For a comprehensive Esops policy

Written by YRK Reddy | Updated: Mar 17 2007, 05:30am hrs
The recent uproar against fringe benefit tax (FBT) on stock options was indeed predictable. Even in the past, discussions on taxation of stock options did much hair-splitting over whether it would be taxable on offer, on vesting, on exercise or on sale; whether it should be income-tax or capital gains, or now whether it is indeed a fringe benefit at all; whether these will be taxed in the hands of the employee or borne by the company; if expatriates would be put to difficulty; and the method of determining fair market value if the shares are unlisted.

These ignore international developments and larger policy aspects. Many of the arguments that accompany such debates are specious. Here are three. First, the acronym Esops is being used wrongly to mean stock options. The world over, Esops stand for broadbased employee share ownership plans and are different from equity-linked incentive or retention plans for executives. Second, most countries offer no beneficial tax treatment to narrowly applied equity linked plansand yet, we prefer to treat the deserving and the self-serving types on par. Thirdly, the objective of attracting and retaining talent through stock options has not been validated satisfactorily.

The confusion is confounded, as there is no law on this in India. Equity-linked plans arrived formally in India around 1993-94, particularly with the issue of warrants on a preferential basis by Infosys and allotment of shares to specially created trusts for that purpose by a few other companies. These came along with new economy industries, which had devised legally sound ways in the absence of a facilitative law. It was only in 1999 that the stock exchange regulator came out with detailed schemes that permitted stock options and stock purchasesincluding the manner in which such awards at a concessional rate will be treated in accounts. The purpose is to incentivise better corporate governance through greater transparency and fair accounting. India has no public policy yet for promoting share ownership.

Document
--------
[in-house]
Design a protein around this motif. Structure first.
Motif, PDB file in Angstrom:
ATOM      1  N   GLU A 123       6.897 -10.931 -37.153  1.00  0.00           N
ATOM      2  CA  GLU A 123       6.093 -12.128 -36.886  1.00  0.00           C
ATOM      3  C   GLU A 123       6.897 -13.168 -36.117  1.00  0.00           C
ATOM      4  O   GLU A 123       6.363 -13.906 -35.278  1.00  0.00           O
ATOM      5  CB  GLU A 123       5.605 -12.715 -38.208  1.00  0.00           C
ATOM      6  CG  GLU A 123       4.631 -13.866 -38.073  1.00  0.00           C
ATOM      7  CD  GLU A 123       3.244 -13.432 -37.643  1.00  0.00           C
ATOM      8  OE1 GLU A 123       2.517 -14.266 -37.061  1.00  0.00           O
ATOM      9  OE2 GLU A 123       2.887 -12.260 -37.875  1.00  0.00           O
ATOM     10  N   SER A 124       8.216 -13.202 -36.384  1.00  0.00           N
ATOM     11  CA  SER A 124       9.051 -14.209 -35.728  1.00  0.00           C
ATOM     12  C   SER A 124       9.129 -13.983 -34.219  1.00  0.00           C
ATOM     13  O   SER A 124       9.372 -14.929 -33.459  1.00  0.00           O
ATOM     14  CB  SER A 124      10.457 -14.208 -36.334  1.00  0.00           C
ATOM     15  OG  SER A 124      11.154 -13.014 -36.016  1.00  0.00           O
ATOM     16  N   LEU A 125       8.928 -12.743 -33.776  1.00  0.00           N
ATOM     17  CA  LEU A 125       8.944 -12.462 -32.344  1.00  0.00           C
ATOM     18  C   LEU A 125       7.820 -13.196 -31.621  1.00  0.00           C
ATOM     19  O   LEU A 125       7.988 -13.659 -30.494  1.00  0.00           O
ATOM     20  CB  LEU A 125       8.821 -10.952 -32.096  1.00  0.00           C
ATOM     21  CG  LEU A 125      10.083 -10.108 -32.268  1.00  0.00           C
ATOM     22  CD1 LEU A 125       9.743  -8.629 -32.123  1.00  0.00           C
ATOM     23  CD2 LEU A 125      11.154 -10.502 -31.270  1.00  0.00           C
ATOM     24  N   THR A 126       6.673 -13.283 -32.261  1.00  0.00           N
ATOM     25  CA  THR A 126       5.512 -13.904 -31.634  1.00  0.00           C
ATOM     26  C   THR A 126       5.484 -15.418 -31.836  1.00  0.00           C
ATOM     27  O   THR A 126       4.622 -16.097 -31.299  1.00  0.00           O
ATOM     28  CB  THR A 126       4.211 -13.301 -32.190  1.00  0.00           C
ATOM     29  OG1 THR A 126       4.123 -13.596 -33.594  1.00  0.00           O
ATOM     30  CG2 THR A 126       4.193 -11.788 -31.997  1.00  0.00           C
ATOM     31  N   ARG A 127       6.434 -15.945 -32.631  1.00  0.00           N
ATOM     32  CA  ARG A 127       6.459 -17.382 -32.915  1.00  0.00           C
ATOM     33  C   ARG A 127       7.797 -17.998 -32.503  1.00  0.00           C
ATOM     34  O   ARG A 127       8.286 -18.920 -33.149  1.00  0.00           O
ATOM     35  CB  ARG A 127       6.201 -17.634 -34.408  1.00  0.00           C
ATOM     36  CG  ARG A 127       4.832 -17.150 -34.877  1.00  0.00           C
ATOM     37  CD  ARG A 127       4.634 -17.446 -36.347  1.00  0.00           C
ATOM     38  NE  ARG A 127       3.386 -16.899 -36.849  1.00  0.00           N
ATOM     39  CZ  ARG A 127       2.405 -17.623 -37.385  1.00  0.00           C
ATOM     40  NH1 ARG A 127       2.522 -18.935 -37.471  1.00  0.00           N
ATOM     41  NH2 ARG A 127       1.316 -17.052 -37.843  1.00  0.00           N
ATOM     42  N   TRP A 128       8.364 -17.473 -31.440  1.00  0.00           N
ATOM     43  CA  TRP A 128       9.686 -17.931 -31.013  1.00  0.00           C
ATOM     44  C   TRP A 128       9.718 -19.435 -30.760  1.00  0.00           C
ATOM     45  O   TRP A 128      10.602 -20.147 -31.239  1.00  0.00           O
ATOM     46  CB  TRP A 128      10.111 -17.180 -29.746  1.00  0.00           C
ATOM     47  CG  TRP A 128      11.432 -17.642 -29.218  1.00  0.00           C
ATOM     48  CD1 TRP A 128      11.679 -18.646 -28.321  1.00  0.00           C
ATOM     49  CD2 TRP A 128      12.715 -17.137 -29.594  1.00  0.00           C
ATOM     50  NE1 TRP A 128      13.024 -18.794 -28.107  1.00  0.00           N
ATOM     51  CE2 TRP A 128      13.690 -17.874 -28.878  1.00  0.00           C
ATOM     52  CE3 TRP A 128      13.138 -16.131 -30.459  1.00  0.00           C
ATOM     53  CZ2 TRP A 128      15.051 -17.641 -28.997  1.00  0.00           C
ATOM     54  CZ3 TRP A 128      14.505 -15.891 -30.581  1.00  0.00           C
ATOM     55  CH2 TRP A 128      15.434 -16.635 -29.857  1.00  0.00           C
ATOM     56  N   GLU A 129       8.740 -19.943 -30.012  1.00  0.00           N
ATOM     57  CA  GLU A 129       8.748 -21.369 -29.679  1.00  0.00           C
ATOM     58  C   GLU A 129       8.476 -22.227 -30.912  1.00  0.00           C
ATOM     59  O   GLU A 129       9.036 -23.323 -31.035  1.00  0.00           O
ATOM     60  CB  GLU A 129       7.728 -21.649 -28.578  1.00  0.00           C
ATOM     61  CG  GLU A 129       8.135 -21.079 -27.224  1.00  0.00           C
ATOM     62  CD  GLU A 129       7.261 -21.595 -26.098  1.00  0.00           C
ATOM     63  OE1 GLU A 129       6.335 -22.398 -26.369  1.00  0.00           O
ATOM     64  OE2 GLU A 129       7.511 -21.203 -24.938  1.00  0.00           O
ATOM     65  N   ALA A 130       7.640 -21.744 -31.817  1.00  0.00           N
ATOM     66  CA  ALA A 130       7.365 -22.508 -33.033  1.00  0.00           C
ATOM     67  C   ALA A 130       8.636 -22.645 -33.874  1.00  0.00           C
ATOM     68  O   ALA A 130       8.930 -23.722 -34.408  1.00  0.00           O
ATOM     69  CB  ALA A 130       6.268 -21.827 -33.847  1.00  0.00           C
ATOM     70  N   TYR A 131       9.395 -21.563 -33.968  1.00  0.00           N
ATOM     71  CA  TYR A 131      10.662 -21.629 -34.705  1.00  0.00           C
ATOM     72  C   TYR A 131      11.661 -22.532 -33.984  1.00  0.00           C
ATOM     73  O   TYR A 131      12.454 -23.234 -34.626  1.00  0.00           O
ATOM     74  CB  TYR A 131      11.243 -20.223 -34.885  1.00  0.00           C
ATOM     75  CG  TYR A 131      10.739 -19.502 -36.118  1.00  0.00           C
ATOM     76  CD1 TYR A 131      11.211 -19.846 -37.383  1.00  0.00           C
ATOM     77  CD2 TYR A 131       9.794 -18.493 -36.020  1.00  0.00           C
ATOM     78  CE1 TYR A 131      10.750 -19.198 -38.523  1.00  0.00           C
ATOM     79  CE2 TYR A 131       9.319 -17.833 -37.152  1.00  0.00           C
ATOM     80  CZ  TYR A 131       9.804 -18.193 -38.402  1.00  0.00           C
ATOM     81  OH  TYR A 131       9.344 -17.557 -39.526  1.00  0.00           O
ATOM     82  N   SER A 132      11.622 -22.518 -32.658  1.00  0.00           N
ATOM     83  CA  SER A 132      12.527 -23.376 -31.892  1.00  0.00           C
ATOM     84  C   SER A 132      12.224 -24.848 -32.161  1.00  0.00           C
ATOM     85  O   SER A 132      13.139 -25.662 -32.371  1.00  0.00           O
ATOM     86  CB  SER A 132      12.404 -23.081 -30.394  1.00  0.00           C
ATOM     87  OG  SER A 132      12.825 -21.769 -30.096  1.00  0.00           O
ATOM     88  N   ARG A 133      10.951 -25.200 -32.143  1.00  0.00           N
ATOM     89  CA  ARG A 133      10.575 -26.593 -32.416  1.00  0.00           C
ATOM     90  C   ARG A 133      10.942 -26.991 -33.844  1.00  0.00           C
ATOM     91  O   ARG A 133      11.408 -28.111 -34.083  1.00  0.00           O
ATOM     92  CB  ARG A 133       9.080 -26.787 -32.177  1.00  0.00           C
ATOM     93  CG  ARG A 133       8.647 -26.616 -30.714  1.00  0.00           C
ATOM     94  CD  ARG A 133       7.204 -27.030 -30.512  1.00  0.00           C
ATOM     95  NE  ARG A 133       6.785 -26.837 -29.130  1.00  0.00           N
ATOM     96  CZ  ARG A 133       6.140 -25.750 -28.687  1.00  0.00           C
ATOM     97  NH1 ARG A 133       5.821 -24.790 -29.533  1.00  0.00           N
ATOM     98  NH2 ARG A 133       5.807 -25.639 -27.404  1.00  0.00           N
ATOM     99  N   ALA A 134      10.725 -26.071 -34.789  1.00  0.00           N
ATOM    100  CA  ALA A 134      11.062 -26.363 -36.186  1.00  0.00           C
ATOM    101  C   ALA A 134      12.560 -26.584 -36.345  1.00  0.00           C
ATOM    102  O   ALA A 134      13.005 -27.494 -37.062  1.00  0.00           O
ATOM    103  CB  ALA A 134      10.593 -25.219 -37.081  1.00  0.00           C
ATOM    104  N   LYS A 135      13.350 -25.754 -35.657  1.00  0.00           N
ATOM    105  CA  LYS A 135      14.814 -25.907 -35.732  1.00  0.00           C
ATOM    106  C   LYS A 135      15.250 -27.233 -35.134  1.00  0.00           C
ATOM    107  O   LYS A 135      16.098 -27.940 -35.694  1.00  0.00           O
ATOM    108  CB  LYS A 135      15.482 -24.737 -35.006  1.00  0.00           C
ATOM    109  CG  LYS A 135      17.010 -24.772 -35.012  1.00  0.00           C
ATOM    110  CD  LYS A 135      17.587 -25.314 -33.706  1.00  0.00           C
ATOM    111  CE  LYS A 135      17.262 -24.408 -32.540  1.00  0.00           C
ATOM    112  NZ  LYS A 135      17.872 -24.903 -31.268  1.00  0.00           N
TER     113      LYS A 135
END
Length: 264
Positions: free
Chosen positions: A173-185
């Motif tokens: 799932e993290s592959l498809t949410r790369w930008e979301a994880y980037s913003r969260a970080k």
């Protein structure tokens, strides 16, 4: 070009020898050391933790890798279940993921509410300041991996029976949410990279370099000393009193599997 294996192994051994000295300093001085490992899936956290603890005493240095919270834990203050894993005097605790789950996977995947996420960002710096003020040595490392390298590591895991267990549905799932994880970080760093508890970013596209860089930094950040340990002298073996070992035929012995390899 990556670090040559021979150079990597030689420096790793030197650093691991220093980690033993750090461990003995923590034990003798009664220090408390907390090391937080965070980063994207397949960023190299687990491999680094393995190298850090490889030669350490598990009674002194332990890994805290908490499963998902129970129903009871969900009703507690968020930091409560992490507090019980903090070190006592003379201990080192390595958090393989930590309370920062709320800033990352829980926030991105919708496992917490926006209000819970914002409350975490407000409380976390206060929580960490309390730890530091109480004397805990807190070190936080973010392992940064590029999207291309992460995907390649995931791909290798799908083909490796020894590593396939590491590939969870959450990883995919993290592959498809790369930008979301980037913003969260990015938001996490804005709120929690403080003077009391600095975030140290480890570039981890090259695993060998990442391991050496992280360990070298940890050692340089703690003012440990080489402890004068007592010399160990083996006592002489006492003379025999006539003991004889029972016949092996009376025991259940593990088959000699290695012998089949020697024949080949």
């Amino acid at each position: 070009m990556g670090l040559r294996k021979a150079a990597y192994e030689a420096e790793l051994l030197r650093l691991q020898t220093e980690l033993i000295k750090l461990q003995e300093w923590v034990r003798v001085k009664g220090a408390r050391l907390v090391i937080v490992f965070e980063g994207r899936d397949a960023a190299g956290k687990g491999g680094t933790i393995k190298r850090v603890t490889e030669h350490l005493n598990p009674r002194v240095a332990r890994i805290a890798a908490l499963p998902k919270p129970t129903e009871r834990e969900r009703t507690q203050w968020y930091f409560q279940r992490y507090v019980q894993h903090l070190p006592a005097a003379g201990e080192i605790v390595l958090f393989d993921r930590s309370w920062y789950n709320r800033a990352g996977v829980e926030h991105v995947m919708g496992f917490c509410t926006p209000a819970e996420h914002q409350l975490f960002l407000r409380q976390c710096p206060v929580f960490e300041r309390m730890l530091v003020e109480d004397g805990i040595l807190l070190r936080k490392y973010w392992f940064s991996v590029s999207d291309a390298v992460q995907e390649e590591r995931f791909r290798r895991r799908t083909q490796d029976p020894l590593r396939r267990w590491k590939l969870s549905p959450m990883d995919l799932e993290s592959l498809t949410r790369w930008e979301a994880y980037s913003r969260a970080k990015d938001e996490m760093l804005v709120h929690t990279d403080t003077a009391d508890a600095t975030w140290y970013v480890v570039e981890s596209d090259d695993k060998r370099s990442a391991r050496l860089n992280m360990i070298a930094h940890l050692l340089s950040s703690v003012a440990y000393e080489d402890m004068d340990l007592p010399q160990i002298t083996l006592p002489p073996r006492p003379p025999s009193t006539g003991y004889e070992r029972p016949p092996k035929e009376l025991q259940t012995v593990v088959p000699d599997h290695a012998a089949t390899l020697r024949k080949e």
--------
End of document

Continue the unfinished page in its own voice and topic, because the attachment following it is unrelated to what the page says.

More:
Many countries have looked upon employee share ownership plans (Esops) as different in their objectives and logic from other stock-related plans. Governments have propagated such ownership plans as a mechanism by which national/developmental objectives can be met. Thus, while US President Bush has propagated such plans to further the cause of an ownership society, Jeff Gates wrote about the ownership solution as the new way of promoting capitalism. In Britain, Esops are seen both as a social security measure and to further the cause of employee ownership. In Australia, the government has been promoting such broadbased plans to support the objectives of aligning the interests of employees and employers, and enhancing productivity, efficiency and participation.

The challenge for India is not to hair-split fringes and benefits, but to bring out a comprehensive public policy on broadbased share ownership
In the US as well as EU, there have been specific laws enacted for promoting share ownership amongst employees. The logic behind this is research proof that employee ownership enhances commitment, productivity and overall efficiency that may also reflect positively on both corporate and share performance indirectlyespecially where such ownership is supported by participatory styles.

Thus, the percentage of companies with employee share ownership is about 11% in the UK, 8% in Spain and 5% in Denmark. Further, the top 100 companies in Europe in terms of employee ownership-cap include Air France/KLM 14.7%, Logitech12.42%, ESSILOR 8.5%, Deutsche Bank 8%, Societe Generale 7.42%, UBS 6%, Saint Gobain 6%, Total 4%, Novartis 3.57%.

In almost all market economies, which believe in development of capital markets and higher participation of the immediate stakeholders in company ownership, Esops have been a key element of public policy. Tax breaks have mostly been finely structured to favour broadbased ownership plans with appropriate long-term structuring in tandem with social security measures.

Such policies did not dispense largesse. The challenge for India is not to hair-split fringes and benefits, but to bring out a comprehensive public policy on broadbased share ownership, making the appropriate distinctions.